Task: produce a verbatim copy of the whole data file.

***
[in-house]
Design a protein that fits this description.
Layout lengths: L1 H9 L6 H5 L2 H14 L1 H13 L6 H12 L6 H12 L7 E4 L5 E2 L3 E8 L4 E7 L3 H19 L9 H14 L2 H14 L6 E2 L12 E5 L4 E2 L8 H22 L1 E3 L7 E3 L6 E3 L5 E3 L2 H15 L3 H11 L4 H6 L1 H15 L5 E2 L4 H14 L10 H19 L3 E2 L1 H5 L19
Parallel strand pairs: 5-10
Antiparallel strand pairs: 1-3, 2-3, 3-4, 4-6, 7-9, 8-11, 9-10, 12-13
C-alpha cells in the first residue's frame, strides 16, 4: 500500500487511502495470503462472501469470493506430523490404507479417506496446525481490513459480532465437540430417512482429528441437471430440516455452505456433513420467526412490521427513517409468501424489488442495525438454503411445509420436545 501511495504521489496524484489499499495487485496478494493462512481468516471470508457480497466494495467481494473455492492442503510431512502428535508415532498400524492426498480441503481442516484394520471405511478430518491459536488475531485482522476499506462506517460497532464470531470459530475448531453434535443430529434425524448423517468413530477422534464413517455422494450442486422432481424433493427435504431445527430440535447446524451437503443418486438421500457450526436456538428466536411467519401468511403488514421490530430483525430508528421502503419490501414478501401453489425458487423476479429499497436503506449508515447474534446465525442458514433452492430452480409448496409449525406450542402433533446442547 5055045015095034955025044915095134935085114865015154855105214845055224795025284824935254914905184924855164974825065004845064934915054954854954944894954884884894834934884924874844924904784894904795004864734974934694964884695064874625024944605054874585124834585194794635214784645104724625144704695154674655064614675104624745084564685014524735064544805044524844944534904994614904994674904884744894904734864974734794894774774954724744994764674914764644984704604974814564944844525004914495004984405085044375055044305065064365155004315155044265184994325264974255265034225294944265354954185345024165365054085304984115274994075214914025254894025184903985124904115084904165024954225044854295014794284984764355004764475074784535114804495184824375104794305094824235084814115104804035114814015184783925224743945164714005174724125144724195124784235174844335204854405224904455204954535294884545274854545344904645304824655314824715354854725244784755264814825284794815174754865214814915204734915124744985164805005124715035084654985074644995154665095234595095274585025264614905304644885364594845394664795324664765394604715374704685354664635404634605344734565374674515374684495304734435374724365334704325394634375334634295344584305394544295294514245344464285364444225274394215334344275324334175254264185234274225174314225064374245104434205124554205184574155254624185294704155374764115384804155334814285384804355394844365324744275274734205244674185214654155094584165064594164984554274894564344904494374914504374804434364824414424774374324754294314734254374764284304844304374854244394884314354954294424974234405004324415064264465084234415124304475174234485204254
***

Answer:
[in-house]
Design a protein that fits this description.
Layout lengths: L1 H9 L6 H5 L2 H14 L1 H13 L6 H12 L6 H12 L7 E4 L5 E2 L3 E8 L4 E7 L3 H19 L9 H14 L2 H14 L6 E2 L12 E5 L4 E2 L8 H22 L1 E3 L7 E3 L6 E3 L5 E3 L2 H15 L3 H11 L4 H6 L1 H15 L5 E2 L4 H14 L10 H19 L3 E2 L1 H5 L19
Parallel strand pairs: 5-10
Antiparallel strand pairs: 1-3, 2-3, 3-4, 4-6, 7-9, 8-11, 9-10, 12-13
C-alpha cells in the first residue's frame, strides 16, 4: 500500500487511502495470503462472501469470493506430523490404507479417506496446525481490513459480532465437540430417512482429528441437471430440516455452505456433513420467526412490521427513517409468501424489488442495525438454503411445509420436545 501511495504521489496524484489499499495487485496478494493462512481468516471470508457480497466494495467481494473455492492442503510431512502428535508415532498400524492426498480441503481442516484394520471405511478430518491459536488475531485482522476499506462506517460497532464470531470459530475448531453434535443430529434425524448423517468413530477422534464413517455422494450442486422432481424433493427435504431445527430440535447446524451437503443418486438421500457450526436456538428466536411467519401468511403488514421490530430483525430508528421502503419490501414478501401453489425458487423476479429499497436503506449508515447474534446465525442458514433452492430452480409448496409449525406450542402433533446442547 5055045015095034955025044915095134935085114865015154855105214845055224795025284824935254914905184924855164974825065004845064934915054954854954944894954884884894834934884924874844924904784894904795004864734974934694964884695064874625024944605054874585124834585194794635214784645104724625144704695154674655064614675104624745084564685014524735064544805044524844944534904994614904994674904884744894904734864974734794894774774954724744994764674914764644984704604974814564944844525004914495004984405085044375055044305065064365155004315155044265184994325264974255265034225294944265354954185345024165365054085304984115274994075214914025254894025184903985124904115084904165024954225044854295014794284984764355004764475074784535114804495184824375104794305094824235084814115104804035114814015184783925224743945164714005174724125144724195124784235174844335204854405224904455204954535294884545274854545344904645304824655314824715354854725244784755264814825284794815174754865214814915204734915124744985164805005124715035084654985074644995154665095234595095274585025264614905304644885364594845394664795324664765394604715374704685354664635404634605344734565374674515374684495304734435374724365334704325394634375334634295344584305394544295294514245344464285364444225274394215334344275324334175254264185234274225174314225064374245104434205124554205184574155254624185294704155374764115384804155334814285384804355394844365324744275274734205244674185214654155094584165064594164984554274894564344904494374914504374804434364824414424774374324754294314734254374764284304844304374854244394884314354954294424974234405004324415064264465084234415124304475174234485204254